How To Write A Business Plan That Works
A business plan is a strategic tool that every business should have, even if you think you're "too small" to need one.
A business plan is most valuable because it compels you to think holistically about your goals, assets, strengths and weaknesses, and closely examine any assumptions you're making.
Use your business plan to describe your company's:
- Mission, vision and core principles.
- Products and services.
- Organizational structure and key leadership.
- Goals, market opportunities, risks and customer profiles.
- Action steps and resources needed to achieve long- and short-term objectives.
- Financial data, such as profit and loss, cash flow, sales forecasts and outstanding debt.
Why do you need a business plan?
A well thought-out business plan provides essential documentation to obtain financing.
It may also be useful to persuade potential partners and suppliers to work with you.
A business plan is also a way to take the pulse of your business and make projections about future growth. Is your business healthy?
It serves as a mental exercise to see how, or even if, the business will work.
A business plan can also highlight problems and pitfalls if you are purchasing an existing business.
"We were seriously investigating the purchase of a well-loved local business," says Katie McCaskey of George Bowers Grocery in Staunton, Virginia. "Once we gathered the necessary data to write a business plan we could see that this business lost money on every sale, with no solution in sight."
The business plan exercise prevented McCaskey and her husband from buying someone else's problem business.
Map a route, but look for new directions.
Just as you need to balance your checking account to make sure your finances are on track, you need to check your business plan regularly to make sure you are on track with your goals. It is also important to ensure you're still making a profit. As Jeremiah Daly of Highland Capital Partners puts it, "…the business plan serves as a key road map to help the company navigate its way to success."
Successful navigation frequently involves course corrections. The business plan is a "living document."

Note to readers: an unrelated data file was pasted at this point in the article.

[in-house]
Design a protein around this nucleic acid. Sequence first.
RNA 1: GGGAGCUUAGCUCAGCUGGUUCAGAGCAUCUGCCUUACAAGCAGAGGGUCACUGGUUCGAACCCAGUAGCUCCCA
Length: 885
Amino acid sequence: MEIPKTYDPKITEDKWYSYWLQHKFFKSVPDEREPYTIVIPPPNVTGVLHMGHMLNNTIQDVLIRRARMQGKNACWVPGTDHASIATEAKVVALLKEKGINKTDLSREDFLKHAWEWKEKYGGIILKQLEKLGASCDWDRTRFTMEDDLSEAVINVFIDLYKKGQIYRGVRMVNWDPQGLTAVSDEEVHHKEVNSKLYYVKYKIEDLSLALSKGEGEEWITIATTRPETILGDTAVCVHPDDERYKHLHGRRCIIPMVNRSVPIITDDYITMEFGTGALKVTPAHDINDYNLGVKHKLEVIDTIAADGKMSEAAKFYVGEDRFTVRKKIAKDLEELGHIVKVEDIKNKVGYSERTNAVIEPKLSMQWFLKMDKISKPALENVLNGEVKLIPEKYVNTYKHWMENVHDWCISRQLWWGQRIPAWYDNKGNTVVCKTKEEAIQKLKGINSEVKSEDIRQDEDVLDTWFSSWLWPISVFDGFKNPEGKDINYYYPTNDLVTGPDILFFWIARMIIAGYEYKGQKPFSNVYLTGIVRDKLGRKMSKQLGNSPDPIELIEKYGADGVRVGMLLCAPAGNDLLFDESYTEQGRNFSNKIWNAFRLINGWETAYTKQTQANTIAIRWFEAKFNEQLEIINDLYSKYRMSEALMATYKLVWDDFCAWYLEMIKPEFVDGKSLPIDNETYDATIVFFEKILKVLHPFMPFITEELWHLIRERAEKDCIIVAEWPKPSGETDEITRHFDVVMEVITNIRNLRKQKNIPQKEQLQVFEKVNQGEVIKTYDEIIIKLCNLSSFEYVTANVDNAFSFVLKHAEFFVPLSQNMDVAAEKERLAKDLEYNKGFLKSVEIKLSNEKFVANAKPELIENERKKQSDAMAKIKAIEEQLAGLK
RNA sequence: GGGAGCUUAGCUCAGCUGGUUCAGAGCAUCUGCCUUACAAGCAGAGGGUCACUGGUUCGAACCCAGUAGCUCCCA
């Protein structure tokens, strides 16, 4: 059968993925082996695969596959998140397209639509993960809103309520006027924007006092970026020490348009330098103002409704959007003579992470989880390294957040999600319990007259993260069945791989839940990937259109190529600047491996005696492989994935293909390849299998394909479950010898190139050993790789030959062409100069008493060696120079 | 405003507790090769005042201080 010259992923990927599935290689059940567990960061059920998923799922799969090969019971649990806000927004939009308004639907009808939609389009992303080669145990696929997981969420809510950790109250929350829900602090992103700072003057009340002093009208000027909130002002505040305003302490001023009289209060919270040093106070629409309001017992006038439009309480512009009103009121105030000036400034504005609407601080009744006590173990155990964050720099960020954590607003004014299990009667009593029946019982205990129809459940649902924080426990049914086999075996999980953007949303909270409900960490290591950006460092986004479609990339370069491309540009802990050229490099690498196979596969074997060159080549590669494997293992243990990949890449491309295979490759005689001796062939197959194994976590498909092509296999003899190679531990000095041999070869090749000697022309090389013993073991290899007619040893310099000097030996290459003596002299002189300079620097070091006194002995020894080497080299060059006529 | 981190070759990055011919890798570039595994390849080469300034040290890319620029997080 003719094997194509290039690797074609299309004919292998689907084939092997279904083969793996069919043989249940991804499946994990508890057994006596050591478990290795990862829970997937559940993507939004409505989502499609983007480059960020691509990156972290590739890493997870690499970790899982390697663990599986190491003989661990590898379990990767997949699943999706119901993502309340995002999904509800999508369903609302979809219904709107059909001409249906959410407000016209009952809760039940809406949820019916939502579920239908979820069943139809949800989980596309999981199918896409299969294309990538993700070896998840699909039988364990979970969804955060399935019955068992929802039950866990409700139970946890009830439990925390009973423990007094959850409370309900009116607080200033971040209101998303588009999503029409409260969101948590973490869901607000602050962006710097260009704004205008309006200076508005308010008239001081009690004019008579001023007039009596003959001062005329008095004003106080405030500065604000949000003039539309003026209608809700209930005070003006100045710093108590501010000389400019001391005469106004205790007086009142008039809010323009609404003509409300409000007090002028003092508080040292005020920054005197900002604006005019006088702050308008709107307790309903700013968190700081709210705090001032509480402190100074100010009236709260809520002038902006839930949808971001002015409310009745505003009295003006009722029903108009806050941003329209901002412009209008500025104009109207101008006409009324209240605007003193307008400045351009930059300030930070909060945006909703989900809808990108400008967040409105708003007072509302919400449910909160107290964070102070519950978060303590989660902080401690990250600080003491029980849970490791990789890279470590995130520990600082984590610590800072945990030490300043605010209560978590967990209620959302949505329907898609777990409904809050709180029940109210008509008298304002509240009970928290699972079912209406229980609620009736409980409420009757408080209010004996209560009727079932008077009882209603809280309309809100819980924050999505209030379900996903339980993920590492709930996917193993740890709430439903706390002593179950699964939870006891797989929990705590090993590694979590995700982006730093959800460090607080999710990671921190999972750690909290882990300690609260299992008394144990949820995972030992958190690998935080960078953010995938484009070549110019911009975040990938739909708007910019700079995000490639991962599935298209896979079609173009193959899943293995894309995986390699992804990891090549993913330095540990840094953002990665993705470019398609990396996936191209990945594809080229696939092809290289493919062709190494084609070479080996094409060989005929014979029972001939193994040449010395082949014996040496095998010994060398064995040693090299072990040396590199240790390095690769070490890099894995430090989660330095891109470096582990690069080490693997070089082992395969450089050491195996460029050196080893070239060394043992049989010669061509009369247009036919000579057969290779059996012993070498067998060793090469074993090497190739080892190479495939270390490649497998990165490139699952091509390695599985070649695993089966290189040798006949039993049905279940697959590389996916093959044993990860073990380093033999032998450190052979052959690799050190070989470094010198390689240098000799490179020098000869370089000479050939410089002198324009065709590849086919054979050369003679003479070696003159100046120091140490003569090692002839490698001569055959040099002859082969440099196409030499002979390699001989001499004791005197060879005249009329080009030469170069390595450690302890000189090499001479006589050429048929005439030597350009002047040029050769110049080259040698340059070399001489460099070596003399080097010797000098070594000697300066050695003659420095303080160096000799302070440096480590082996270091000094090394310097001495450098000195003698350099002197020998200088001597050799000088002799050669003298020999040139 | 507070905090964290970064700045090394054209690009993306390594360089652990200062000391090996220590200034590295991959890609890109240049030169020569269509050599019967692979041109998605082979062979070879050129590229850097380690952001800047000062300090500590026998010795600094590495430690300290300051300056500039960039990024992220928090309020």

If your business plan doesn't align with what you're actually doing, it may just be more a matter of revising your plan, not what you're doing. Be willing to adapt.
"Being in business means to be ever changing and adapt to the changes that present themselves to you," notes Kristy Straka at Women on Business, "the challenges you might face in financing your business or other obstacles may lead you to alternative solutions that you might not otherwise explore."
Don't be intimidated: You're not writing a Harvard case study or a textbook. You're just laying out your anticipated cash flow in a way that you can understand.
Your business plan should fit the needs of your business. If, for example, you're not looking for financing, then you don't need a complete P&L statement in your business plan. You just need to tally and then visualize all the expenses flowing out and anticipated income flowing into your business. If you need help there are support organizations who will assist you, even for free. Locate your local SCORE chapter or community development agency for resources.
Tim Berry, Founder of Palo Alto Software reminds new entrepreneurs that a business plan needs only to be as big as what you need to operate your business. Not everyone needs a soup-to-nuts formal business plan, at least to get started.
"The primary value of the business plan is, as Paul Morin of Companyfounder.com, puts it, "the insights you gain into potential opportunities and pitfalls of growing your business…" He goes on to say that a business plan allows you and your team — even if the "team" is just you! — to 'get on the same page' and develop a common 'language' and understanding of the issues of your particular business, its target markets, growth potential."
One way to ensure everyone is "on the same page" is to try to minimize the number of pages. Keep it simple.
Keep it short.
Quantity is not quality. As Entrepreneur.com writer Mark Henricks writes, there's no need to have business plans that run 20 or more pages. In fact, the shorter your business plan, the more likely it is to be read and understood.
You and your management team don't need the long story because you already know the details. Use a business plan as a refresher now and then to check on your execution.
Even prospective investors don't want to wade through page upon page of financials. One or two spreadsheets may be all that's necessary to get started. Your business plan just needs to get to the point, notes Kim Ann Zimmermann, of BusinessNewsDaily.
You particularly want your Executive Summary to be concise. Although the Executive Summary comes first in the table of contents of your business plan, write this last. That's because the summary is a brief (two pages at most, preferably one) distillation of everything you've detailed in the plan. It's the "sell" that might get a potential investor to read more, or a "bird's eye view" of your company to give a new supplier. Be as clear, concise and to-the-point as possible.
Eric Markowitz, a reporter for Inc.com, recommends that you ask a 5th grader or any other non-investors to read the plan. If they can explain what your company does, that's a great sign. If they can't, consider it a warning.
Once you've got a business plan that works for your business, your employees and your partners, chances are it will work in the real world, too. The effort you put in here will pay off. Which, of course, is the whole point.
Category: Internet Business Blog |